WASHINGTON D.C. — The U.S. House and Senate Agriculture Committees should listen to the more than three-quarters of U.S. farmers and discount crop insurance premiums for producers who utilize in-field conservation practices, such as planting cover crops, to reduce risk of crop failure. A new poll conducted for the National Wildlife Federation showed that 78 percent of U.S. row crop farmers support this approach.
“By better incorporating risk-reducing conservation practices into crop insurance through voluntary, actuarially sound premium subsidy discounts, like the pilot Cover Crop Program, we can reduce the long-term costs of crop insurance to taxpayers, create healthier soils, and improve water quality,” said Julie Sibbing, associate vice president for land stewardship at the National Wildlife Federation. “This poll shows that most farmers know this already, and would like USDA to reward farmers who are reducing their risk.”
“Our food system is on a precipice. We are already losing roughly five tons of cropland soil per acre per year to erosion, and the risks posed by climate change and extreme weather events will only further exacerbate this degradation,” said U.S. Representative Sean Casten (D-Ill.). “Farmers see that conservation management practices improve their soil’s health and their land’s resilience, while reducing their production risks. Farmers who voluntarily plant cover crops and utilize other soil health practices ought to receive permanent and reliable benefits for their low-risk behavior. I’ve introduced the COVER Act to continue to offer farmers a popular discount on their crop insurance for planting cover crops and improving the long-term resilience of their land.”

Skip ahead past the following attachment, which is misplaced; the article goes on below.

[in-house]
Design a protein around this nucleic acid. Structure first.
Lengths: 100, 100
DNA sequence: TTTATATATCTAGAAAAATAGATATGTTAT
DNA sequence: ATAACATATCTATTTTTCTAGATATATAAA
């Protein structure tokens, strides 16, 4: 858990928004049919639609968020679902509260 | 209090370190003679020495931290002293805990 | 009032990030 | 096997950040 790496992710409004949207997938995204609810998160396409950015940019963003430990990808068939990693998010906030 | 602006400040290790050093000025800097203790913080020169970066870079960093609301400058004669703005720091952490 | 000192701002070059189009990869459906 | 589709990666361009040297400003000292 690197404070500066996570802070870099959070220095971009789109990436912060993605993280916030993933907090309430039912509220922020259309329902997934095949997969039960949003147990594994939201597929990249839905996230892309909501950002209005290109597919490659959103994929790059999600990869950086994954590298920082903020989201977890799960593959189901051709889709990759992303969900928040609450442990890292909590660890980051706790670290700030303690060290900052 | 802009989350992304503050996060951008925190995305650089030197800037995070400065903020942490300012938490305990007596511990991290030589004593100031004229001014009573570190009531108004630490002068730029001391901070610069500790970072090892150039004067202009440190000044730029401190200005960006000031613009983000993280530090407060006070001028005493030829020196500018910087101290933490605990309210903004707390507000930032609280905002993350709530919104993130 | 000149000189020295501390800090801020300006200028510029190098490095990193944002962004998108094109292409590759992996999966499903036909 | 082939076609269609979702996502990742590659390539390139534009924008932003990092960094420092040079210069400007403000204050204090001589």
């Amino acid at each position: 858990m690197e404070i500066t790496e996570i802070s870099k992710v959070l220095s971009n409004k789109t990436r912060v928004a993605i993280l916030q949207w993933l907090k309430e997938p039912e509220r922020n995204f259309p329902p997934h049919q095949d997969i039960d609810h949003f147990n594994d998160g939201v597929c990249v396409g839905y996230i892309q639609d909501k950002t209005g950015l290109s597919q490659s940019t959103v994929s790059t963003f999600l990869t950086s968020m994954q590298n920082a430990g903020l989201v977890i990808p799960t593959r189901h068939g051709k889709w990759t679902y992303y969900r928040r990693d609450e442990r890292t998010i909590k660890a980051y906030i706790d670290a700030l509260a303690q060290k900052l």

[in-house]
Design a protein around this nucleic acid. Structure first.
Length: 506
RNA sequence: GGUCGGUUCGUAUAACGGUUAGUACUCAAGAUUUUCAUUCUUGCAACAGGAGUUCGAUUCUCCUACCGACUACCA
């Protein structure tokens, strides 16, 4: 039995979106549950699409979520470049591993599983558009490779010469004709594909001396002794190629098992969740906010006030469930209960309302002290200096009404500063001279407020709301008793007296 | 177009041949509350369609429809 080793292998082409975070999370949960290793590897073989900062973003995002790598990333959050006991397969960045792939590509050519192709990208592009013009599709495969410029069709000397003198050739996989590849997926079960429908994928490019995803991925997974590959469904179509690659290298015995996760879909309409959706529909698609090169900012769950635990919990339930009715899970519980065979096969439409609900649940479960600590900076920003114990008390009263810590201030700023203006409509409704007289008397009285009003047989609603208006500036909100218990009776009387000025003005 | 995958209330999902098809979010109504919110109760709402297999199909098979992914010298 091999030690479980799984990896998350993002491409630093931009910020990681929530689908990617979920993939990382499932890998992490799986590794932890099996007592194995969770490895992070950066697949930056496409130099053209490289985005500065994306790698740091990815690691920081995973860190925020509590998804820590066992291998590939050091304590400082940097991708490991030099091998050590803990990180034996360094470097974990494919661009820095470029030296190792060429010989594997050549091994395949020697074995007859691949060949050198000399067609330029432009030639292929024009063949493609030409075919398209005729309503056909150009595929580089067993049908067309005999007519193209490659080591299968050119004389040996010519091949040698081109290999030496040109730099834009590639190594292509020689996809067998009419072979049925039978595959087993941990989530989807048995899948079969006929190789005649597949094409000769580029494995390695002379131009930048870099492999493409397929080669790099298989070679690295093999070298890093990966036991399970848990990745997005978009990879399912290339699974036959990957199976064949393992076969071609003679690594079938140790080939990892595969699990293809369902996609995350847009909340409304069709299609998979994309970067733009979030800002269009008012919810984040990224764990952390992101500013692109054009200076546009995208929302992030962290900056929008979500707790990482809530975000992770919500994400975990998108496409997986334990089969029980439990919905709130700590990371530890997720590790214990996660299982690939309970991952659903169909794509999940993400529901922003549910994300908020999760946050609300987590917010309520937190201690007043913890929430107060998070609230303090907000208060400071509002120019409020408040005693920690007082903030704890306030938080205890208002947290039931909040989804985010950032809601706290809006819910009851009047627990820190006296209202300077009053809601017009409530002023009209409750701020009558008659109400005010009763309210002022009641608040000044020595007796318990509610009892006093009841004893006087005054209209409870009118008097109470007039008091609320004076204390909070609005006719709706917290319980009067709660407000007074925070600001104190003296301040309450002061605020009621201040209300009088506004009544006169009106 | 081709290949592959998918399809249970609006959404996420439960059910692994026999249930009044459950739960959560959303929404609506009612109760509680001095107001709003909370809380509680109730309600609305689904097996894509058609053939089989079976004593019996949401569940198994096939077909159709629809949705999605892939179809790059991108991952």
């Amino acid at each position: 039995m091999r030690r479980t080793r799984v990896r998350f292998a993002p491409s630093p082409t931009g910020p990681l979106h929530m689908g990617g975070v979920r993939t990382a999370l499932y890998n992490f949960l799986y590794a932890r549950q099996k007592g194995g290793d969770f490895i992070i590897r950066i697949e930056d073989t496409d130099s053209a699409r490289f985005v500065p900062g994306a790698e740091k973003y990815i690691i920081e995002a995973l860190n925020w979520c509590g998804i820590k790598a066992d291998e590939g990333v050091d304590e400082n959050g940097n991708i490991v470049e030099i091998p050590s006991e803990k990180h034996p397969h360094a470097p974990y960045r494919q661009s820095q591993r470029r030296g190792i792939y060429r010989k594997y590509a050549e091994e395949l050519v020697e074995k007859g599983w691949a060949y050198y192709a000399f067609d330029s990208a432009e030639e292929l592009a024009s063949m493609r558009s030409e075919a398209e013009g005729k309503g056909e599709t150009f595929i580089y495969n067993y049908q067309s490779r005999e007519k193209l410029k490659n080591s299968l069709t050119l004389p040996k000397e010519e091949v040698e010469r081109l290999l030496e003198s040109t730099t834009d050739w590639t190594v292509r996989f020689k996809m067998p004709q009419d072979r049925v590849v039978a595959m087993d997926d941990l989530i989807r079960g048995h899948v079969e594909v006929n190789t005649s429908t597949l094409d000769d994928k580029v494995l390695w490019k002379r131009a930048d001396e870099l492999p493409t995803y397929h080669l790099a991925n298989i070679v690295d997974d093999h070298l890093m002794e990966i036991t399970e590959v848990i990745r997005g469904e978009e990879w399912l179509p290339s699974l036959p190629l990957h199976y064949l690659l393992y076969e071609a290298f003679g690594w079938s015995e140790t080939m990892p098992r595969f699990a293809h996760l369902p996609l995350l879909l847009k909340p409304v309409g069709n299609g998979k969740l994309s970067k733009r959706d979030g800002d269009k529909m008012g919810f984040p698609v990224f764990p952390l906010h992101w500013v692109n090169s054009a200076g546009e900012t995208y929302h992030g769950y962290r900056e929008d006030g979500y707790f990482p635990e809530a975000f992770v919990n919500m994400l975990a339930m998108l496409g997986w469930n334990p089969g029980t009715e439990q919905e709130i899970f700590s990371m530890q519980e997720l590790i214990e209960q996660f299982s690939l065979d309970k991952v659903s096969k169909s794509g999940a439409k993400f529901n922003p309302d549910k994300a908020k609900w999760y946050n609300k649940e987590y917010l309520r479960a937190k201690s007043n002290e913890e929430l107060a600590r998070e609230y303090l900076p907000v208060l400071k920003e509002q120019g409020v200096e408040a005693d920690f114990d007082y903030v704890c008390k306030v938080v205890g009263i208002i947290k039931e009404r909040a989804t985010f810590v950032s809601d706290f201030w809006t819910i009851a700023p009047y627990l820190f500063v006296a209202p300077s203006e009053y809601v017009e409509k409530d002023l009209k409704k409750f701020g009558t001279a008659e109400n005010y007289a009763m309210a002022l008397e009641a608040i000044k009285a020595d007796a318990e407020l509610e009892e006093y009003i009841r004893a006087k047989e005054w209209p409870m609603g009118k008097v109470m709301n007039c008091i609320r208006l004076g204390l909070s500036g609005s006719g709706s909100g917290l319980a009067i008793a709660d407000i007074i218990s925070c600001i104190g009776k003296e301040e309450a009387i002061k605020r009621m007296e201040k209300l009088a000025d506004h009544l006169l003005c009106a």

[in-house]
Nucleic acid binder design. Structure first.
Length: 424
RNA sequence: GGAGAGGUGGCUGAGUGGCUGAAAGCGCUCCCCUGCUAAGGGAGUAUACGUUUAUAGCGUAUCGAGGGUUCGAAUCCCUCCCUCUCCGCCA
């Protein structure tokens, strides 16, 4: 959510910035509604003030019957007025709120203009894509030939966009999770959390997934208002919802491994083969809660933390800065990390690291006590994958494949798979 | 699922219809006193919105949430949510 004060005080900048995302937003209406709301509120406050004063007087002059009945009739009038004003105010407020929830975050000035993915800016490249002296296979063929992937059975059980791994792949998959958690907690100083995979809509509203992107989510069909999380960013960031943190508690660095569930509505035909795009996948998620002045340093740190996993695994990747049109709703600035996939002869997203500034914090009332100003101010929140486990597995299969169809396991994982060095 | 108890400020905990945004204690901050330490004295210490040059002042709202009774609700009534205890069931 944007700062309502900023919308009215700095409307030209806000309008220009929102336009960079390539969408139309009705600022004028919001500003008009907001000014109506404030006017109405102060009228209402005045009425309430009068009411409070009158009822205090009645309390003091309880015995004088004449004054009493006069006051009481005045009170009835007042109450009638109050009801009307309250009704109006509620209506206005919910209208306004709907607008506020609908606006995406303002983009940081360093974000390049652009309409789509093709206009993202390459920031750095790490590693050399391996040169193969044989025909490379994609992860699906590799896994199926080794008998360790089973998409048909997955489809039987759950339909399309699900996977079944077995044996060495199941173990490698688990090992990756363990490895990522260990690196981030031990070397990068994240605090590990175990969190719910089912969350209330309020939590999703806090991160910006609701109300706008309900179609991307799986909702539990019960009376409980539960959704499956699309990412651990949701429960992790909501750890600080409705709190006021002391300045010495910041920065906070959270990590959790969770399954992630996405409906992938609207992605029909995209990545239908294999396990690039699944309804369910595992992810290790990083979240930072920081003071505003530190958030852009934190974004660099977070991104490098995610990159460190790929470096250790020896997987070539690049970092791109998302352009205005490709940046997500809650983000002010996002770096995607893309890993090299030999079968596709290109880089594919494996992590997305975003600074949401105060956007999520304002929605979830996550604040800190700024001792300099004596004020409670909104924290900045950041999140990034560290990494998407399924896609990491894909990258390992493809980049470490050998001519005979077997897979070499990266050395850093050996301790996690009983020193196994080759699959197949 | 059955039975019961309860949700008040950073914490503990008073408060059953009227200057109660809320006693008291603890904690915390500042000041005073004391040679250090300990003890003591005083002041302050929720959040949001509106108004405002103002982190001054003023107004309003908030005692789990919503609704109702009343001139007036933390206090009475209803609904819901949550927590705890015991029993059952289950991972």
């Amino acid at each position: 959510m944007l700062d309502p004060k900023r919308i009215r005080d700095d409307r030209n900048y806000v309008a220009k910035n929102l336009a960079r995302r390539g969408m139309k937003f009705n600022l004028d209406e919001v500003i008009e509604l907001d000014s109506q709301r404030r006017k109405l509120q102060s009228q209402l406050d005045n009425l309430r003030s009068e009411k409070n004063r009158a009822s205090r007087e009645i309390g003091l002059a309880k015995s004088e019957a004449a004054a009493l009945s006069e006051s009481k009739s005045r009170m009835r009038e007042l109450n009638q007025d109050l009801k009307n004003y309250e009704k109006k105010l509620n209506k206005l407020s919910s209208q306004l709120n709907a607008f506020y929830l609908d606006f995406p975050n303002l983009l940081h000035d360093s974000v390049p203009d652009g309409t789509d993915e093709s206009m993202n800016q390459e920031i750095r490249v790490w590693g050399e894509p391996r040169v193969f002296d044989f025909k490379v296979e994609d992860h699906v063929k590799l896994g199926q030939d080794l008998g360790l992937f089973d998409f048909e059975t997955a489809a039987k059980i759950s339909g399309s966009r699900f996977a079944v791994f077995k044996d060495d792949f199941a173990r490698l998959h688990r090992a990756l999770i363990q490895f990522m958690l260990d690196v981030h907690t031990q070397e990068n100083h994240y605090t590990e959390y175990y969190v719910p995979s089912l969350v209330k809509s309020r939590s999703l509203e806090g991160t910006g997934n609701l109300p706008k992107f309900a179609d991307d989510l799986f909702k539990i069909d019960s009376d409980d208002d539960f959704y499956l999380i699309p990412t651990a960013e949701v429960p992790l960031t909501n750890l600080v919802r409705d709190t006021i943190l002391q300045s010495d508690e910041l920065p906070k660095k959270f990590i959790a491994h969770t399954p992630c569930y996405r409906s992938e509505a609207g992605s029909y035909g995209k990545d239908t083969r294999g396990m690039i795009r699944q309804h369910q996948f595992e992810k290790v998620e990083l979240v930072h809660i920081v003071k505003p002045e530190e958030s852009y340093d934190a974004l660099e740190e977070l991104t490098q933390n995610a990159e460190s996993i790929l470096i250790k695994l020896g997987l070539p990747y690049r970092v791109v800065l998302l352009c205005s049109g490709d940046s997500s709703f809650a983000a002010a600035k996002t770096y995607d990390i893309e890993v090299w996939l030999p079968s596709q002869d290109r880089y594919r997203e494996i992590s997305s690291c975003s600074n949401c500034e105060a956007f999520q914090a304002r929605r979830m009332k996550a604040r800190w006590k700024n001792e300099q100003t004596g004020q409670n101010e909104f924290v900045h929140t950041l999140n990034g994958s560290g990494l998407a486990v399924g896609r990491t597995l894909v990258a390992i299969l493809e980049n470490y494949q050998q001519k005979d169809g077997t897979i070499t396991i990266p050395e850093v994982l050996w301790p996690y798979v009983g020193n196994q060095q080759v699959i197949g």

“Farmers are the original conservationists. By utilizing cover crops, they can increase yield, decrease pesticide use, and reduce runoff into waterways — like Lake Erie and Grand Lake St. Mary. That’s good for all Ohioans,” said U.S. Senator Sherrod Brown (D-Ohio). “The pandemic cover crop program was simple and popular among farmers, and it worked. We need to make sure that the next farm bill does the same.”
The polling found:
More than three-quarters of row crop farmers (78 percent) support the USDA offering discounts on premiums for engaging in conservation practices that have been shown to reduce the risk of crop failure.
Two-thirds of row crop farmers (66 percent) support the inclusion of the USDA's crop insurance premium discount program as a permanent option within the crop insurance program. Only 19 percent opposed making the discount permanent.
Farmers who participated in the program were nine times more likely to report having a positive experience in the program than a negative experience. Only 7 percent reported a negative experience.
The polling, done in partnership with Morning Consult, surveyed 300 crop farmers whose crop is either corn, soybeans or oilseeds, wheat, rice, cotton/fiber, or specialty crops such as vegetables, fruits, horticulture, and wine grapes. The poll, conducted March 16-21, has a margin of error of 6 percentage points.
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